CAEDMON – Caedmon (1978)

Review by: Charly Saenz
Album assigned by: Ed Luo

So much interesting music from Scotland, right? Caedmon’s is not an exception. This album (their only one until a recent comeback record) comes from 1978, but might as well be from 1972 or 1969.

There is a Christian background, a Christian impulse, let’s say, and if Christ gets you to write such great songs, well, count me in for Salvation! 

You have pretty much everything in here. Biting electric guitar, pulsating bass, both competing with several acoustic instruments. And the great female 
voice of Angela Naylor. She’s really an angel in the best Annie Haslam tradition. 

Take “Ten Maidens Fair” as an example. The leading female voice, that middle age chorus, that *hard* rock guitar, the sublime organ, the mandolin. Great interplay in fact. “Maker man”, more jazzy, almost Bossa Nova in certain bits, great percussion, tasty guitar, a drone feeling that sticks around.

Or “Death Of A Fox”, which is like full speed Folk, with horns and another great bassline, until the Violin is left alone to great effect, to be swept away by a sudden acoustic guitar and the Angel Voice of Angela (seriously I just realized her name is that adequate). These are four non-idle minutes, believe me.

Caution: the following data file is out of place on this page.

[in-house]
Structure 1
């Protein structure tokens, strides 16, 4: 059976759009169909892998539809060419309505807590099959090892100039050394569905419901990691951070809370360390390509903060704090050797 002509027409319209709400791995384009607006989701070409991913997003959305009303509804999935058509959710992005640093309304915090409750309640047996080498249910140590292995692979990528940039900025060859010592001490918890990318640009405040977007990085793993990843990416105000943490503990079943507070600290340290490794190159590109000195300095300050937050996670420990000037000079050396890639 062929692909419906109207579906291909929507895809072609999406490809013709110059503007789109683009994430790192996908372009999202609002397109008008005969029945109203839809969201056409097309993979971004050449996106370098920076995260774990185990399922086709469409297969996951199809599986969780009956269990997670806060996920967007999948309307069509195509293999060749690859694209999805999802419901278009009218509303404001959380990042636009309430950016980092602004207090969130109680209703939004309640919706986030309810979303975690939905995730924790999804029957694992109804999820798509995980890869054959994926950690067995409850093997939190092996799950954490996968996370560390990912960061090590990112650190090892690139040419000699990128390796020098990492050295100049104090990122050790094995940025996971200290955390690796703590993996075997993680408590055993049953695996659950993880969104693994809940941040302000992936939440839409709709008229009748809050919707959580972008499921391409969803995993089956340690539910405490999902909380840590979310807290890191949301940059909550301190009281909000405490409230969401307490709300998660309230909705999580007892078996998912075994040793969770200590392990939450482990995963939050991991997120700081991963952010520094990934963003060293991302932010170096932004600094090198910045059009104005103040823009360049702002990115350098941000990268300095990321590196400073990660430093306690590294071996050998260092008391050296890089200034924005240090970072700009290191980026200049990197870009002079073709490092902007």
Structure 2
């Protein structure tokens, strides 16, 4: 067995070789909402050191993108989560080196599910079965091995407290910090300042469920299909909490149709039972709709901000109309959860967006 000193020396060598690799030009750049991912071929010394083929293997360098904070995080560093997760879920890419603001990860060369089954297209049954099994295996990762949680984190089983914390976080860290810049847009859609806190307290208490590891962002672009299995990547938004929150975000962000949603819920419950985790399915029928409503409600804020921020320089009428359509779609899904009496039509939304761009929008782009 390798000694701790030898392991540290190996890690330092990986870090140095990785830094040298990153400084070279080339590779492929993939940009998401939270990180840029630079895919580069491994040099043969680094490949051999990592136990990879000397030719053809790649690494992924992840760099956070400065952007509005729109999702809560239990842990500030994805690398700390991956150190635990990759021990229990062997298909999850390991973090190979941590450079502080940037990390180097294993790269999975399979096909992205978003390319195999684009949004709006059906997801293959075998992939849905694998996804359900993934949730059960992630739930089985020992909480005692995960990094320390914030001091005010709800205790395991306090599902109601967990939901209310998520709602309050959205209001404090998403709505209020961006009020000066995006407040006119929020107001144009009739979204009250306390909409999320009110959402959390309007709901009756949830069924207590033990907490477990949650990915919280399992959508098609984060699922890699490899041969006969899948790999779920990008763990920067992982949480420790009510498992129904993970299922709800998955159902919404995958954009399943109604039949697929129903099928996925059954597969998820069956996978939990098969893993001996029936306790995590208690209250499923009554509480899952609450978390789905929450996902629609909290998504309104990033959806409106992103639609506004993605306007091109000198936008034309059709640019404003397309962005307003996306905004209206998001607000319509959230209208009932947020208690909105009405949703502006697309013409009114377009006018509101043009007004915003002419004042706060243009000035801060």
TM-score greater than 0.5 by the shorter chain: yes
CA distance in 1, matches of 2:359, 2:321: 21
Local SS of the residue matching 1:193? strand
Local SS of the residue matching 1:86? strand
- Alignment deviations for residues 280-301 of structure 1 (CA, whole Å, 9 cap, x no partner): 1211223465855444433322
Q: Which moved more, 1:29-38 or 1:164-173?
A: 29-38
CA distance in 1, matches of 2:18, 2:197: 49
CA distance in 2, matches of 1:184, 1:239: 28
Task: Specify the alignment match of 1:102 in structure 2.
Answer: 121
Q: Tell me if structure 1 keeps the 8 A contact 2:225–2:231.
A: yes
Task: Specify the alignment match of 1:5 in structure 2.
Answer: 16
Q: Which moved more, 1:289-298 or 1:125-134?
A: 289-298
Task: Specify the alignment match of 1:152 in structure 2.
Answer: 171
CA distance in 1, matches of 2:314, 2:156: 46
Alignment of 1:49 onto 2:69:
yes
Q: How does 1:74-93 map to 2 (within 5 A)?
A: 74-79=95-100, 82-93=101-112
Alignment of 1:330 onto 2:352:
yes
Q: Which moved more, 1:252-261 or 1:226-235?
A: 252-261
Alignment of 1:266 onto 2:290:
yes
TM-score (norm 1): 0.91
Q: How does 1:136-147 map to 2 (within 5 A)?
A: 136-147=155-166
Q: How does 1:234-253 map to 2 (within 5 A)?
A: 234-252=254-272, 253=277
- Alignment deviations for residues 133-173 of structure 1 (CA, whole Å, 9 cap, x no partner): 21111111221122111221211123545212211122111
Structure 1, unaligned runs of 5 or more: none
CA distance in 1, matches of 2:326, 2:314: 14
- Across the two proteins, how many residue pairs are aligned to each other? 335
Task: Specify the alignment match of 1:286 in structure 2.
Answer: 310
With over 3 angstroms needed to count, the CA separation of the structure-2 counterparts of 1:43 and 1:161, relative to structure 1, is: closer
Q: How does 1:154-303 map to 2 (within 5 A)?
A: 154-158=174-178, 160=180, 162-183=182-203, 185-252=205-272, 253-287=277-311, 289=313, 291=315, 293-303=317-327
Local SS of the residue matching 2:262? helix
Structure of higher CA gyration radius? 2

“Sea Song” is Floydish to my ears, started by the male singer this time. Haunting specially when the electric guitar steps in and grows stronger, with a furious acoustic guitar trying to keep pace. 

“Aslan” has a great bass introduction, a chant somewhere, the electric guitar with the bass always upfront: frenzy. And then, the violin rushes into madness over the vocals…  But it’s the turn of the guitar and the voices end up singing for their lives. Those cellos!
                                                                                                                                       
“Beyond the Second Mile” is something I’m sure Led Zeppelin would have loved to include in their III album but heck that happened nearly 10 years before.

“Living in the sunshine” is another highlight, almost experimental for the record, quite jazzy too, goes off the beaten path while staying on the pretty sound of the whole set. A magnificent song.

On the second side (Kids, there used to be two sides in those LPs you know!) it gets a little tiring, maybe it’s just me or maybe the first side is so gorgeous that I don’t need anymore. Nothing offending, except perhaps “Give Me Jesus” which is, maybe just too explicit, a little dull indeed. But then again this is a Christian band, so that’s acceptable.

Nothing prevents this from being a beautiful experience. And it comes to show, that folk rock (or any genre, for the matter) doesn’t have to repeat formulas. Forever Changes from 1978? That’s surely going too far, but indeed they get a great mix of ingredients in this timeless album. 

A compelling listen for those who want to fly without wings or substances. Just plain old good music.
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Author: tomymostalas

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